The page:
I saw these on the Anthropologie website and knew I needed them. But who wants to pay $48 dollars for a pillow case?
So I made theses instead.
I think they turned out pretty great. Plus I finally got to use this cream and white stripped fabric I've been dying to use but haven't found the right project for.
I used the tutorial from MADE for pillow case dimensions and basic assembly. If you need it, I suggest going there for extra help.
About 1 3/4 yards of fabric
Wooly nylon serger thread (optional)
1. 1. Cut Material. Use the chart below. You will end up with 4 rectangles. All dimensions below are in inches.
Main Piece 1
45 X 26
Main Piece 2
20.5 X 11
45 X 11
45 X 6
90 X 6
45 X 7
90 X 7
Again, MADE has some diagrams here that might be helpful for the main pieces. The ruffled pieces will look like this (folded in fourths):
I happened to have a large piece of fabric to use. If you do not, you may need to sew two pieces together to get the correct length for the ruffled pieces. This will be perfectly fine. The ruffles will hide any seams you don't want showing.
2. Iron the border piece in half so that you have a folded rectangle measuring 11" X 20.5".
3. Serge edges. Take both ruffle pieces and serge the long edges of each to prevent from fraying. I used wooly nylon thread and set my machine up to do a rolled hem to get the effect you see in my pictures (see your owners manual for set-up).
**If you do not have a serger I suggest doing a tight zig zag and triming the edges or using a rotary cutter to trim the edges to keep from fraying. Some sewing machines can also do a rolled hem. Check your manual. You may need an extra foot to do so.
4. Iron. Take the 6" ruffle piece and iron almost in half. I allowed the bottom layer to show about 1/2 an inch (as shown below). Make sure the serged edges you want showing are facing up.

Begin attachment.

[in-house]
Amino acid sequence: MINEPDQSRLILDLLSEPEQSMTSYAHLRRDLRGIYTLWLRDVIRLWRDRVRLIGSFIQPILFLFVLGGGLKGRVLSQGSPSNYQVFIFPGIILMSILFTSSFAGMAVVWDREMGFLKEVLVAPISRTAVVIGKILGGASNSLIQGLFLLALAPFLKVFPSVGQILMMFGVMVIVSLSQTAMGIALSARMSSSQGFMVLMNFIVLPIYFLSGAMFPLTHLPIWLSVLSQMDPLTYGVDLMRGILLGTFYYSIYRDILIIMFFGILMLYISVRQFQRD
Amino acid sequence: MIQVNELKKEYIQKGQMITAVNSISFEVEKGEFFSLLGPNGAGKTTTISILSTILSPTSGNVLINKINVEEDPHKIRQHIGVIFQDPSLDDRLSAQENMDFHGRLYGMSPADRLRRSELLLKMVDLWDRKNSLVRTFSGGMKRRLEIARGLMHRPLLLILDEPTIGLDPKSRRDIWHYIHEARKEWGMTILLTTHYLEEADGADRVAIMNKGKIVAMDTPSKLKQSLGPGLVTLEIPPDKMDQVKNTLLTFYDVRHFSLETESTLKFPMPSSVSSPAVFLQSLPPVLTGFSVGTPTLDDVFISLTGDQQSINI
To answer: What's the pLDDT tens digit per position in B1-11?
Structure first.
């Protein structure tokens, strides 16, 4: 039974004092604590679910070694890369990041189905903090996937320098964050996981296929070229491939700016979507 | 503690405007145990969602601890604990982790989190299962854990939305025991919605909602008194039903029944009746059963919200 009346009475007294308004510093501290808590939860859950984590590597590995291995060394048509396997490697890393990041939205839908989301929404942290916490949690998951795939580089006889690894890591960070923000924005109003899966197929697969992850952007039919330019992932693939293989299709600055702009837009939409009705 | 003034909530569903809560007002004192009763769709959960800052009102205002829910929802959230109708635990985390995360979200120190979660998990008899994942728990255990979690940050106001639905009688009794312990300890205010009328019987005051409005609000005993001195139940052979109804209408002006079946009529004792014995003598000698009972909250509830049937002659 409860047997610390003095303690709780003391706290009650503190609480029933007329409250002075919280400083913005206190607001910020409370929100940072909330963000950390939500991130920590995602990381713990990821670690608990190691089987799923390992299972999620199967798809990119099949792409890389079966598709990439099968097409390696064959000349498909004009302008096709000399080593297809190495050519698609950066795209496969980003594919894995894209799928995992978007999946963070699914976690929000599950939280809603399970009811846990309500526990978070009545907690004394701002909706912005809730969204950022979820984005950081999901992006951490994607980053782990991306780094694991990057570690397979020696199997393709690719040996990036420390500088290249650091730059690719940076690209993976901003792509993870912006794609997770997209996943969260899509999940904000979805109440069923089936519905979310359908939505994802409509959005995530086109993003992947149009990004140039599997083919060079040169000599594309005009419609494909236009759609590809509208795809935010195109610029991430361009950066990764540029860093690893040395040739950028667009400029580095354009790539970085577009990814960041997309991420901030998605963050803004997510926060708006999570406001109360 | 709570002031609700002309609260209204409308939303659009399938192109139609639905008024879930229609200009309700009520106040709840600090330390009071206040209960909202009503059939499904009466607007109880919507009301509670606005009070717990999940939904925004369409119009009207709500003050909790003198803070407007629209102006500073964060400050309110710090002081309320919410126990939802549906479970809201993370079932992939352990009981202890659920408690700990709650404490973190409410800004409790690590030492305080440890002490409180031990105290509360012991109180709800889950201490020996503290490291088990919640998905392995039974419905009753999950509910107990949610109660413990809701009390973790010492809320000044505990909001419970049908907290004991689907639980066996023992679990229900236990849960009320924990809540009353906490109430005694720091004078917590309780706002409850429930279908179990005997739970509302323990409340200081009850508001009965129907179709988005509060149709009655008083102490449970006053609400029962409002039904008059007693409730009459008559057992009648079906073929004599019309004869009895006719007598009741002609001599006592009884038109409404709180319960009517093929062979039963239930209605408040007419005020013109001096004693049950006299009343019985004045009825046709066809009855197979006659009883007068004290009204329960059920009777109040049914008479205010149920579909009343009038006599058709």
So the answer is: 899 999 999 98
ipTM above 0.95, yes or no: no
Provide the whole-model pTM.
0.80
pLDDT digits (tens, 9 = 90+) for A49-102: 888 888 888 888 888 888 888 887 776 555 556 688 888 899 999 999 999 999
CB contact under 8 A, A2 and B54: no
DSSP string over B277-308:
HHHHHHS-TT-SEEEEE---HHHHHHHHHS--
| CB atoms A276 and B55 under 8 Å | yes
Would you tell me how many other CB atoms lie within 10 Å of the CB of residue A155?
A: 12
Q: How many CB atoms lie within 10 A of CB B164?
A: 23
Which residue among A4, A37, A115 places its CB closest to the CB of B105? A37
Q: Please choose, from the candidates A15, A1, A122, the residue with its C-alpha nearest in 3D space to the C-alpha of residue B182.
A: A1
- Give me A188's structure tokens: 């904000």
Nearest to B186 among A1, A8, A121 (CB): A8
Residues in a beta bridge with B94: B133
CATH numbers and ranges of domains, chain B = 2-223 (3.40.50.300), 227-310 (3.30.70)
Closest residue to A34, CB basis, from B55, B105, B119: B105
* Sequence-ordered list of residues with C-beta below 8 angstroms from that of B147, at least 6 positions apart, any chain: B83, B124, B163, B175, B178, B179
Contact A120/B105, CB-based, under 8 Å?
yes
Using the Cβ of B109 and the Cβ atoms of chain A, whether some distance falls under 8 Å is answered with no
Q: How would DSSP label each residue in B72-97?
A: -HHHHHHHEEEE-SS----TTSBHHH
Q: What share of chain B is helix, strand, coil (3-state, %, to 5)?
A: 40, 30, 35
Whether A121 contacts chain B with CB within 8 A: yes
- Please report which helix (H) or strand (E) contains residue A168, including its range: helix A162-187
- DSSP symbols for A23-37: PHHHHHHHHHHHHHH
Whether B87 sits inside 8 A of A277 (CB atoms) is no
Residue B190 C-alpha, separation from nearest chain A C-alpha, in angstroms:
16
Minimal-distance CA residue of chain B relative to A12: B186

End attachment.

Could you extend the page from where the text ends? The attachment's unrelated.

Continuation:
5. Gather. Set your sewing machine up for a gathering stitch (longest stitch length, highest tension). Sew about 1/4 inch down the folded edge. Do not back stitch at the front or end of the stitch.
Leave your settings the same and sew two gathering stitches about 1 1/2 inches from each side of the other strip.
Take the bobbin thread of the folded piece and pull until the piece begins to gather. Gather until it reaches the same length as the border of the pillow case.
Do the same for the other ruffled piece.
I like to lay my pieces out on the pillow case to make sure I have gathered them to the correct length.
Iron the ruffles down. This will make it easier to sew.
6. Pin. Take the folded ruffle. With right side up, align it with the edge of the pillow case where the border piece will attach. Then take the border piece and align the raw edges, right sides together to create a sandwich.
Pin in place.
7. Sew. With a 1/2" seam, sew the sandwich together.
Thread your serger back to normal. Serge of the seems. Or zig zag stitch and trim.
Turn and Iron out the seams. No need to top stitch. This part will be covered.
Now you should have this.
8. Pin. Align the the next ruffled piece with the top edge of the border so that the ruffles just cover the border underneath but still allow the ruffles to show at the other end. Pin in place.
9. Sew. Secure the ruffle by sewing in two places. I sewed directly over the gathering stitches that were already on the ruffle. If the gathering stitch is not straight, do your best to sew a straight line as this will be visible on the completed pillow.
Use your hand to flatten down the ruffles as you sew.
Unpick any gathering stitches that are not in line with the new stitch.
Now you should have this.
Originally I planned to sew 1/4" bias tape over the top of the stitching. I liked how it looked when I got to this part, so I left it off. Your call.
10. Finish. Fold the pillow case right sides together. Pin edges and sew a 1/2 inch seam allowance.
Sege off the seems or zig zag and trim.
Turn pillow case so right sides are out and push out corners. Iron seams flat.
Put that pillow case on your pillow and rest your head a little.
Or play a little. Whichever you prefer.
Be careful..things might get a little too crazy.
So don't be surprised when your model gets grumpy and decides to take a nap instead.